Photos of 65 people highlighted in this exhibit
Photos of 65 people highlighted in this exhibit

The Stanford Libraries stand in solidarity with the Black, Indigenous, and People of Color (BIPOC) communities on campus and across the country. University Librarian Michael A. Keller’s statement, “In Solidarity and Support," and the Stanford Libraries’ values statement reaffirm our organizational commitment to being an inclusive and welcoming academic setting for all. While these statements and commitments to racial justice, equity and diversity are important, we felt it also necessary that the Libraries engage in direct ways as it relates to recent events.

One of the ways we intend to put our words into action is a visually cohesive, thoughtfully curated exhibition that is installed in Green Library as well as preserved online. As Librarians, we are charged with the awesome responsibility of being keepers of the light and protectors of our shared memories. This is what fuels our work, and what has energized a dedicated group of library staff to assemble, roll up our sleeves and in mere weeks turn a concept into reality.

Say Their Names – No More Names is an exhibit that highlights victims who were chosen because they represent a variety of Black Americans whose freedoms were denied or whose lives were callously taken by vile attacks that have terrorized the Black community for centuries. The victims are young, old, transgender and straight. Some struggled with mental health issues or other challenges while others were just charting their path forward in life. All were Black people, and all were violated or murdered.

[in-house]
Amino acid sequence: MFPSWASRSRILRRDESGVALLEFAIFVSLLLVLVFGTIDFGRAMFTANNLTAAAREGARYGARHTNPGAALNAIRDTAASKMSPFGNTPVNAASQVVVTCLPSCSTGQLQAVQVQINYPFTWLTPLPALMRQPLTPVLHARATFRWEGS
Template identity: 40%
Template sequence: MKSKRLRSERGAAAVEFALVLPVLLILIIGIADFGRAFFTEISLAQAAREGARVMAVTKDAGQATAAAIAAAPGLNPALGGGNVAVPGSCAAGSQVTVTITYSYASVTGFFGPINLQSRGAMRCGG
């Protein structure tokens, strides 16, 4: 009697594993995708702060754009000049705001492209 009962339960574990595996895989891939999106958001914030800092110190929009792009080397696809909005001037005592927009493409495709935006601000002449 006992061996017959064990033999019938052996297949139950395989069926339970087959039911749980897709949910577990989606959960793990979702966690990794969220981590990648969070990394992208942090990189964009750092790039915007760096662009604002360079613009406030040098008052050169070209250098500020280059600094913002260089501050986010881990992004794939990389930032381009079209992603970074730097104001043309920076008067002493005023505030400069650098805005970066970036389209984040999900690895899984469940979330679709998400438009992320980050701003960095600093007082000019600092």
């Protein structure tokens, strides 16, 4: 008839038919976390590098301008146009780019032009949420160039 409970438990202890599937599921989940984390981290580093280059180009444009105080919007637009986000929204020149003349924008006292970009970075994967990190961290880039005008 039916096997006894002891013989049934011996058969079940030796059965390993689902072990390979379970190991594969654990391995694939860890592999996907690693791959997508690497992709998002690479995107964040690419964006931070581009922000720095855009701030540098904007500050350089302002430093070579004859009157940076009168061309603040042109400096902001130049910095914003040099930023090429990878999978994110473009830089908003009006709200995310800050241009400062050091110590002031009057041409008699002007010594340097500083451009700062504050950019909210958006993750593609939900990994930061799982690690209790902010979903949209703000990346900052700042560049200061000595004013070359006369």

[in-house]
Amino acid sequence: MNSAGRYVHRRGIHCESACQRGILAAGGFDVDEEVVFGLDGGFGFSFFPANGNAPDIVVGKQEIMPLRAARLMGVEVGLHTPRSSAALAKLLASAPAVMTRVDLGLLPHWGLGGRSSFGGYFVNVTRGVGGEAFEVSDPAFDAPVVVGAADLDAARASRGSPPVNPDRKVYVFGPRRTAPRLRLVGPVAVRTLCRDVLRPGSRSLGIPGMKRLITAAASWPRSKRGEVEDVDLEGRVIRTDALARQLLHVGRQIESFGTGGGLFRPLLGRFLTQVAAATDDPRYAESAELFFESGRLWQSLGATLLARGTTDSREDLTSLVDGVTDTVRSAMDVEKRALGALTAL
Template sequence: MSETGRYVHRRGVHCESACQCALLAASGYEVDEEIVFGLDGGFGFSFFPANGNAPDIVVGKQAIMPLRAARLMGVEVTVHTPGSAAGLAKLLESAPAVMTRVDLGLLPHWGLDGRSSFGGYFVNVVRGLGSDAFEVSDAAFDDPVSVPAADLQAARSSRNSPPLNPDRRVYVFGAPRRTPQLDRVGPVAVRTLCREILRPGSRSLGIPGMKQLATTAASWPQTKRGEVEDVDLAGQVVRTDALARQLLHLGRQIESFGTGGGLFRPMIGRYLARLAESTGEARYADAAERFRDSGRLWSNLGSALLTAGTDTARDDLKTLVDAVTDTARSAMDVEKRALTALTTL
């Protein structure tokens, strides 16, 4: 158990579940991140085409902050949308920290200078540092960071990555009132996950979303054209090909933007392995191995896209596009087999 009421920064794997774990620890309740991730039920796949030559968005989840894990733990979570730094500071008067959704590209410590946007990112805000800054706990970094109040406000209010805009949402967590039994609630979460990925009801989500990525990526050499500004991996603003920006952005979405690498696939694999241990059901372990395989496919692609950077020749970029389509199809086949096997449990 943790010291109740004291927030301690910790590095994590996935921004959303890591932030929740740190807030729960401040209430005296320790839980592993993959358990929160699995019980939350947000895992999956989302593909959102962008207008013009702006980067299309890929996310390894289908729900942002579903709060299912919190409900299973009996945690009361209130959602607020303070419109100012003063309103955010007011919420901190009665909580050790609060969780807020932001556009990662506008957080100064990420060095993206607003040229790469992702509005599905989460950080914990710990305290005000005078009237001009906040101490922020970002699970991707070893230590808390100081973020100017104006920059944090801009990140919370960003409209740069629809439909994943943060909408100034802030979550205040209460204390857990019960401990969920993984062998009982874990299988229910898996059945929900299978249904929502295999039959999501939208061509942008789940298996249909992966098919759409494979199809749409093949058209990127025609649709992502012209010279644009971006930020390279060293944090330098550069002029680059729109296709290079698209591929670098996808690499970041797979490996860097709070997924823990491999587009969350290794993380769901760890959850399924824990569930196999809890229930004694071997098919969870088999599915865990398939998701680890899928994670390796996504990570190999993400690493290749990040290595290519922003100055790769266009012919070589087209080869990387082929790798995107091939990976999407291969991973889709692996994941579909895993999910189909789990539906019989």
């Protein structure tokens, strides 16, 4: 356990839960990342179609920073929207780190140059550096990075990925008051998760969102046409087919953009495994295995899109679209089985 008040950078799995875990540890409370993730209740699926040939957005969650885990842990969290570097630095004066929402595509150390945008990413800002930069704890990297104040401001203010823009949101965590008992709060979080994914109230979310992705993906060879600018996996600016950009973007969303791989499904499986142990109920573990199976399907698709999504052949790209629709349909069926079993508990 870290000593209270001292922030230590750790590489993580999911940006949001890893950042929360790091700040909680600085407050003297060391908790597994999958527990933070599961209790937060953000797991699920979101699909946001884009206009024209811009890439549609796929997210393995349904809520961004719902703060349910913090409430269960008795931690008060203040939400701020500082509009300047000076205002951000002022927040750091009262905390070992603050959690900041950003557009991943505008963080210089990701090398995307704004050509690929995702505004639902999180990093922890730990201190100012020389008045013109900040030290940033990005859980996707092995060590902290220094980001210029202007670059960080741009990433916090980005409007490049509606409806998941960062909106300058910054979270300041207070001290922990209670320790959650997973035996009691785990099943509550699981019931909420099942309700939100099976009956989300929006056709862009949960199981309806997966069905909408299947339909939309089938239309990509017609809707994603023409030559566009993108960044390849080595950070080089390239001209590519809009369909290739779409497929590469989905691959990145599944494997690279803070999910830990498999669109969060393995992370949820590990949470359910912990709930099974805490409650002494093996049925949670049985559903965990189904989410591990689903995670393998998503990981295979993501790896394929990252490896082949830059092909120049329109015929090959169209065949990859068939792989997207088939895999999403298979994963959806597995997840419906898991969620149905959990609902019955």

Say Their Names – No More Names collects, collates, and chronicles the names of victims – their images and their stories – so discussions can take place, questions can be raised, solutions debated, and most importantly that the individuals, whose identities have become hashtags, are not forgotten.

Within the walls of our libraries, the lives of the notable and everyday citizen are collected and studied daily. May this exhibition continue that tradition as it shines a light on history as it unfolds and begs the questions of its passerby.

Drawing on the protest slogan “No justice, no peace,” the exhibit asks the viewer to “Know Justice, Know Peace,” demonstrating Stanford Libraries’ commitment to Information Literacy, which plays an essential role in society’s progress toward a more peaceful existence. Librarians are uniquely qualified to disseminate knowledge to information seekers who will be empowered to build a more just community. The exhibit originated in direct response to the global Black Lives Matter movement. Therefore, one of the main objectives is to inspire viewers to critically interrogate the injustices perpetuated by a white supremacist society. By sharing names of recognizable victims who represent larger groups of lesser-known victims, this exhibit aspires to make the unknown victims known.

Trigger warning: Mental health issues like anxiety and depression have significantly increased in the Black American community since George Floyd’s death. The exhibit content may be triggering, especially for our Black students. Please engage with this exhibit at your own pace. The Stanford Counseling and Psychological Services (CAPS) is a helpful resource and is available for support.